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African-Americans Want More Financial Education From Their Employers

Jae Alan

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“Across the board, African-Americans are more likely to say they are unprepared for retirement and feel less financially secure, but [they] are more open to education and financial guidance,” says Evan Taylor, head of MassMutual’s African American Markets.

His observations derive from a study by MassMutual that surveyed 492 African-Americans with an annual household income between $35,000 and $150,000. Forty-five percent of African-Americans who bring home $75,000 or more say they feel less than financially secure compared with just 28% of other Americans in the same income category.

African-Americans are more likely to say they are behind in saving for retirement, and 41% of survey respondents expressed concerns about making ends meet. Respondents also indicated a greater proclivity to making withdrawals or loans from their 401(k) or other employer-sponsored retirement plan compared with the general population—24% vs. 14%, respectively.

Middle-income African-Americans are more likely to report difficulty managing their household’s monthly finances than do others, the study notes. Thirty-six percent said they found managing finances “somewhat” or “very difficult” compared with 27% of the general population. Nearly half of African Americans with an annual household income below $45,000 find it “much more difficult” to manage their finances.

According to the study, the top financial issues African-Americans face are:

  • Debt – 28%;
  • Lack of income – 23%; and
  • Cost of living – 18%.

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Business News

As More Shoppers Go Online, D.C. Retailers Face A Choice: Evolve Or Go Extinct

Jae Alan

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Retail in Washington DC story by Ally Schweitzer
Julie Egermayer owns “Violet”, a women’s clothing store, in an upscale mixed-use building off U Street NW. It is in a pop up space right now following the failure of her store location in Georgetown.

Not long ago, Chevy Chase boutique owner Susanne McLean began to notice a change in her customers’ behavior. Instead the usual browsing or buying, some people were starting to treat her shop like a showroom.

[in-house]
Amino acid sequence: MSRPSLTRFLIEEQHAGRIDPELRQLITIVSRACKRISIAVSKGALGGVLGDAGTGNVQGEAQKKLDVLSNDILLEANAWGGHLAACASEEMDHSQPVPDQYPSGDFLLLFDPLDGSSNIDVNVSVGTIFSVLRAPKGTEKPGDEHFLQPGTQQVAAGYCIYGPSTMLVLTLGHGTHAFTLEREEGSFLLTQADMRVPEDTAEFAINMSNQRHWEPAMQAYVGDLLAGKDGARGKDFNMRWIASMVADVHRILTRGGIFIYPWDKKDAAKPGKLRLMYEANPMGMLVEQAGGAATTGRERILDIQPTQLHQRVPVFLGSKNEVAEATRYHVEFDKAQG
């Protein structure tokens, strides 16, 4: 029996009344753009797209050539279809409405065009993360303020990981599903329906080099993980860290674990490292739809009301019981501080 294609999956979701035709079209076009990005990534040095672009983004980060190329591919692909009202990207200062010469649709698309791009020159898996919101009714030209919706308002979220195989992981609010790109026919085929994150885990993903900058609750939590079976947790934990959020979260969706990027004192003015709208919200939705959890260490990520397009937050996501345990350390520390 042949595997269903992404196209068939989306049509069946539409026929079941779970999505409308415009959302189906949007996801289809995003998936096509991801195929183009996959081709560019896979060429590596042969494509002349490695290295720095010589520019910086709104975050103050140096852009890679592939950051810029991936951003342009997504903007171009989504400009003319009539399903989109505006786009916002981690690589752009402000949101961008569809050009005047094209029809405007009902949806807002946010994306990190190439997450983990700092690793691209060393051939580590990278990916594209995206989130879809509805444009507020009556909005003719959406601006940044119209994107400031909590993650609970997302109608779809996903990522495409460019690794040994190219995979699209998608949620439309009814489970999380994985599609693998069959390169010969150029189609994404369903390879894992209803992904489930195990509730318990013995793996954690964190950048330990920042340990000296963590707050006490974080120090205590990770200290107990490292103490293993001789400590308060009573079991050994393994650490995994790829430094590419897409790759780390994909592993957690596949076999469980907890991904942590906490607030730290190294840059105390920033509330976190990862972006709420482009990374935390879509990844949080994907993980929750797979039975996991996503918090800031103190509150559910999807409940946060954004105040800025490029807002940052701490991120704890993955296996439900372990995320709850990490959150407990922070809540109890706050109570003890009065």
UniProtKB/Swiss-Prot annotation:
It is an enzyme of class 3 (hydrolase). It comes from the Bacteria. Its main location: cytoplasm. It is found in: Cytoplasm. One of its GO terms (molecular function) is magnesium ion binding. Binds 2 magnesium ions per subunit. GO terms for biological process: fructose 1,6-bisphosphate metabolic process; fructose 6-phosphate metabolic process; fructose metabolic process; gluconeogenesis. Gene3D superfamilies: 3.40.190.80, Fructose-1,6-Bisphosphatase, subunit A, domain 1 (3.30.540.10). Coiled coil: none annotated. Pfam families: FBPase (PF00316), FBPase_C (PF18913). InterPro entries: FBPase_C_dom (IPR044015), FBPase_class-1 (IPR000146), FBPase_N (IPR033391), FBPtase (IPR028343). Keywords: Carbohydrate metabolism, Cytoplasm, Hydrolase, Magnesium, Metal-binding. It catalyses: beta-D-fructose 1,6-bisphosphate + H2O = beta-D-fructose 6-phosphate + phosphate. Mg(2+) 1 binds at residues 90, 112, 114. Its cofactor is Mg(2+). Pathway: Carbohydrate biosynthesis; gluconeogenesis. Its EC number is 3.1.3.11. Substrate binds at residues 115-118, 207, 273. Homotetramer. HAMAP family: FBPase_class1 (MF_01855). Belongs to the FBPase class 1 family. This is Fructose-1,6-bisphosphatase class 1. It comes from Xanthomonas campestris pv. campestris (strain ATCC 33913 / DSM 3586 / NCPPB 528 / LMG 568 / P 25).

“A customer will come in, and we’ll help them for 30 minutes, fitting a pair of shoes. Then, they’ll take out their cell phone camera and take a picture,” said McLean, who has owned clothing and home-goods store Catch Can for nearly 30 years. “Then they’ll go home and order the shoes online.”

Browsing in person and buying online is the kind of “new normal” feared by small shop owners, especially those that specialize in apparel, furniture and other merchandise easily purchased on the internet. As mall anchors and chains shutter across the country — spurring headlines about a retail apocalypse — some predict local mom-and-pops are succumbing to the same fate.

Read full story HERE

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Business News

IS 2018 THE YEAR YOU BECOME A FRANCHISE ENTREPRENEUR?

Jae Alan

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Happy New Year!  One of the top questions I was asked in 2017 is should I go the startup route or purchase a franchise, so I thought I’d start out 2018 addressing that. The first step is to determine if you would make a good entrepreneur, and then consider if franchising is the right path to becoming a business owner. Sixty-five percent of Americans want to be their own boss. Let’s face it, a lot of us think we’re smarter than our bosses, so being our own boss is a natural desire. An entrepreneur is defined as:

  • “One who pursues opportunity beyond the resources currently controlled”
  • “A person who sees an opportunity and creates an organization to pursue it”
  • “A dreamer who attempts to turn an idea into a profitable reality”
  • “Anyone who assumes the risk and responsibility for starting and managing a business”
  • “Anyone who takes the risk of starting a business for the purpose of making a profit”

Read full story @ Black Enterprise

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ESSENCE MAGAZINE HISTORY TIMELINE

Jae Alan

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Black Enterprise has chronicled the journey of Essence Magazine before the first issue launched in May of 1970. Click through the below slideshow to view the timeline of this iconic brand….

@ Black Enterprise

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